Friday, April 27, 2018

Killing Time

Last Saturday night we had a wedding. One of Donna's former colleagues' sons was to be wed. I've known this boy since he was a teen, and now he was getting hitched.  The colleague is someone I have gotten to be friendly with on my own.  She lost her husband a few years back and he too had become a friend.  So, this was to be a joyful occasion only diluted because Ken would not be there to share the joy.

The wedding was in a town that is South of the city.  We live due west.  The distance between the burghs is not far at all--maybe 20 miles tops--but Monday through Friday the route can be a headache.  You would easily have to plan for an hour's drive if you needed to arrive somewhere punctually.  The wedding invitation said the event would begin at 545. My experience with weddings is not all that substantive.  Usually, however, when you are told to get someplace at 545, the hosts have planned for tardiness and the dance does not begin for at least an hour afterwards.

Just to be sure to be on time we left at 5 giving ourselves only 45 minutes instead of an hour since it was a Saturday.  We got there in 20 minutes.  Since we did not think the event would begin until 615 at the earliest and we had arrived at 520 or so, I said "We've got to kill some time."

And immediately my head rocketed to an event that happened in 1959 or earlier.  My folks were visiting friends of theirs who lived on Staten Island. In 1959, while it may be difficult for anyone to believe who is not eligible for social security, there was no bridge that linked Brooklyn to Staten Island. You had to take a ferry boat to get to one of the boroughs of New York.

The thing with the ferry boat was that you could never tell how long you might have to wait on line to get on the thing if you were driving.  There were just so many cars the boat could handle.  We would always turn into the ferry line with trepidation not knowing if we were going to have to wait forever to get on.  This time, for some reason, there was no back up at all and we got on right away.

That was the good news. The bad news was that having anticipated a long wait we were in Staten Island way ahead of when we were supposed to meet the friends.  And I heard dad say to mom, "We have to kill some time."

I was at most 9 pushing 10. Could have been as young as 8 or 7.  The guy we were visiting actually died suddenly in December of 59 and I am nearly certain our visit was in the spring. I mention my age because I remember then that the expression "Kill some time" was new to me.  "Kill some time."  What did that mean?

(An aside here is that the phrase is apt right now because having checked the website before I got to the airport, and seeing that my flight to Boston was "on time" I am now parked in the august Pittsburgh international airport for three hours and have two more to wait, but that is a rant I will save for another date).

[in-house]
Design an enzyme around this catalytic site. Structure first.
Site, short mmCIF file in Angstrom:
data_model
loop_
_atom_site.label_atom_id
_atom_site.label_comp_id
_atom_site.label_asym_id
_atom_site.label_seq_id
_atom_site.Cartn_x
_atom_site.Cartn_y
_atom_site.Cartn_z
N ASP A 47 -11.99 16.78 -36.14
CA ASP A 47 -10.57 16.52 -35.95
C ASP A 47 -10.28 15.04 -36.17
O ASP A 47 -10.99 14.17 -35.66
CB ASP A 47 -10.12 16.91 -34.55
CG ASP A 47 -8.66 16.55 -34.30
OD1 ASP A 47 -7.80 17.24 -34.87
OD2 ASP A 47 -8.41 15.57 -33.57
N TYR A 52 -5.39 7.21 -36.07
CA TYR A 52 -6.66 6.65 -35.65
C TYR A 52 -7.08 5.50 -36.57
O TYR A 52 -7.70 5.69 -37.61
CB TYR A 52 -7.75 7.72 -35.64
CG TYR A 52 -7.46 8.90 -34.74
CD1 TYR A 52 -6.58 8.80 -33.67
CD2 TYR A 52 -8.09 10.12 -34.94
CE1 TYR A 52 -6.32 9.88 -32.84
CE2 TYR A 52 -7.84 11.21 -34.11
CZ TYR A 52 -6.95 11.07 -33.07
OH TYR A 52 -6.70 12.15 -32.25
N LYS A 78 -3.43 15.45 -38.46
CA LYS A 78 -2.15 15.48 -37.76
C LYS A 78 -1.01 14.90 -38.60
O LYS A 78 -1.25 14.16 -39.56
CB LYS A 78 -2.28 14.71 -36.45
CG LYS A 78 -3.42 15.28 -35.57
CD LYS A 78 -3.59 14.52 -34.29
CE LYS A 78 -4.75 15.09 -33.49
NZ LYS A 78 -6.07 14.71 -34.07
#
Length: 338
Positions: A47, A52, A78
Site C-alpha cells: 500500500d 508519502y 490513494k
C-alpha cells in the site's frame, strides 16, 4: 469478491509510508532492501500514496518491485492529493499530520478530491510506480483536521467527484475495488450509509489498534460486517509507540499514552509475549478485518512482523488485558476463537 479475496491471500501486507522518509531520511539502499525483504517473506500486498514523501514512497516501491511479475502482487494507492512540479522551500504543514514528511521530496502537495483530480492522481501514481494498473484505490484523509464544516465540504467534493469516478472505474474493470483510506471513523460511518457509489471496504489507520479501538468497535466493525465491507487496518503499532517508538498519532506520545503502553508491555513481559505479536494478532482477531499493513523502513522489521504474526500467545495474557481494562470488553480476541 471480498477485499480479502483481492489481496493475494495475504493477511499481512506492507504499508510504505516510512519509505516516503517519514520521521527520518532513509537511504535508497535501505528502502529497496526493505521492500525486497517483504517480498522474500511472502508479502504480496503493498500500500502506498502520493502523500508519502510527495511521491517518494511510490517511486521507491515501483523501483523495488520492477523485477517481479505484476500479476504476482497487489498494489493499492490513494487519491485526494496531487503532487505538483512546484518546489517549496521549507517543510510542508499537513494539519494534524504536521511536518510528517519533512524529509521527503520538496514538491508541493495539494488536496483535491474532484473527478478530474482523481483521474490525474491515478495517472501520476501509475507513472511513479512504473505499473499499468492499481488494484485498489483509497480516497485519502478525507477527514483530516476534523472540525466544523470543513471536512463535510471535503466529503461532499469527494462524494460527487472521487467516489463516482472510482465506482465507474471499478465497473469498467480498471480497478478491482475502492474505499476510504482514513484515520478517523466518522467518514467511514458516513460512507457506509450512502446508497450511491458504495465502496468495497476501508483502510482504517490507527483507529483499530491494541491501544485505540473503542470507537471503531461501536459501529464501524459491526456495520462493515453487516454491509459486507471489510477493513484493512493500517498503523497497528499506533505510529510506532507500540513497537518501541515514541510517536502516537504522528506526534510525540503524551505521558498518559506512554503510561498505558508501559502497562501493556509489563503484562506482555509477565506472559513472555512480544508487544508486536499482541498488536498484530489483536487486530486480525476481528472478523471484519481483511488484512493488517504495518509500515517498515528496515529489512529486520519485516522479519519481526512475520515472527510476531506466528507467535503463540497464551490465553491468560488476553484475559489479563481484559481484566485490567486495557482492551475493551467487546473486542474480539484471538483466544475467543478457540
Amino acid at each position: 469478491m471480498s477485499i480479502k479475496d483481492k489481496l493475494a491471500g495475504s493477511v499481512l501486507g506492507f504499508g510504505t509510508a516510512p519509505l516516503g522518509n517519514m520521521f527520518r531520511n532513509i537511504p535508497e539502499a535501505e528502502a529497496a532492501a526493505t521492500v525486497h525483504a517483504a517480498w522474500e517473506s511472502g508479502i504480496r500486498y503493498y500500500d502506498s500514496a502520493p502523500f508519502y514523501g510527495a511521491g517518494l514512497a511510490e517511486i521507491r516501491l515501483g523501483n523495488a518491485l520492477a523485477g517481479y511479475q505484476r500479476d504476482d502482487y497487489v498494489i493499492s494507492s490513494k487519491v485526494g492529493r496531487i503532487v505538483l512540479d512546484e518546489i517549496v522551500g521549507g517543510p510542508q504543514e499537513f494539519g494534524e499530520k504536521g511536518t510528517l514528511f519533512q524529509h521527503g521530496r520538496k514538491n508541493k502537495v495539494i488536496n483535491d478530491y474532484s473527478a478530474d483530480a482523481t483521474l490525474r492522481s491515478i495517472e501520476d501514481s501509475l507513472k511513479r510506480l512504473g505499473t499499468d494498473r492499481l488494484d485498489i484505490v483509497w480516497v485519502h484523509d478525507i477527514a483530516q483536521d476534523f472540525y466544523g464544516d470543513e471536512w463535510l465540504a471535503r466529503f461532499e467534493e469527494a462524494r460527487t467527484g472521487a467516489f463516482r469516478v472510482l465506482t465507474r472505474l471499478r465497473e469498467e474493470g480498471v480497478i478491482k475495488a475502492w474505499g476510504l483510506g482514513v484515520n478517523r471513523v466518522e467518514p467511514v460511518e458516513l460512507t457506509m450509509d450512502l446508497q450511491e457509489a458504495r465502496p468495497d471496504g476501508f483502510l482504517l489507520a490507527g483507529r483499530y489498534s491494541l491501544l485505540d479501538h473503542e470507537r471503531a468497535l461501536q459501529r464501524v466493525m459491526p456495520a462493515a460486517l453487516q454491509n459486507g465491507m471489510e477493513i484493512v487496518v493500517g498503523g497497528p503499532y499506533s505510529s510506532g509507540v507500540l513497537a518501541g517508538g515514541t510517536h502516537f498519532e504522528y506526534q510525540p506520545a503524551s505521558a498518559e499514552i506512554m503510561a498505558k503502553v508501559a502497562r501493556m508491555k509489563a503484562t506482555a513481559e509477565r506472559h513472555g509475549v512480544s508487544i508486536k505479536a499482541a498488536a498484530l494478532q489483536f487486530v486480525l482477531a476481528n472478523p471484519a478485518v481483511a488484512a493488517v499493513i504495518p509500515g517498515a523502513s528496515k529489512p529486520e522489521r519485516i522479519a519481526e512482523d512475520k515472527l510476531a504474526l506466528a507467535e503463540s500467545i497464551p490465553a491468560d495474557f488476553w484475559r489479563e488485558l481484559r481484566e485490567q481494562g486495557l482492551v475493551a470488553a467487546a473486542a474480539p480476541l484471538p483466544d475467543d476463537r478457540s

Kill time. What a concept.  I get its application of course in certain situations, but removing it out of such contexts, it is nonplussing.

A buddy of mine and I were discussing baseball strategy several years back. He asked me what was the most valuable element of a baseball game. I thought for a while and then got the right answer. "An out" I said.  They are the most valuable because you only have 27 of them in a game.  Once you are out of outs, you're out.  And there is a finite number of them.  The conversation was about the virtue of sacrifice bunts. His contention was that it was foolish to sacrifice because then you were losing a precious out.

Same with time.  We don't know the finite number of hours we have, but we know it is finite, or at least not infinite.  So killing time is the act of sacrificing, and exhausting, our most precious commodity.

This is an uncomfortable notion sitting here in the Pittsburgh airport at 9 having arrived at 528 and having been told that the plane we will be flying on, has still not left the runway at the airport it is coming from--but hey it's not like I had a choice.  If I had a choice, though, would I park myself someplace and not use the precious time I have?

Meanwhile we did a good job of killing time last Saturday. Drove down a long road. Came back. Parked in front of a synagogue to kill some more time.  Finally got back to the event venue at about 555. We walked in, and the place was packed. Everyone was seated.

They were not kidding saying to be there at 545.  We found seats way in the back in the last row that had any vacant ones. Within a few moments the ceremony began.

 I guess the wed couple to be didn't want to kill any time.

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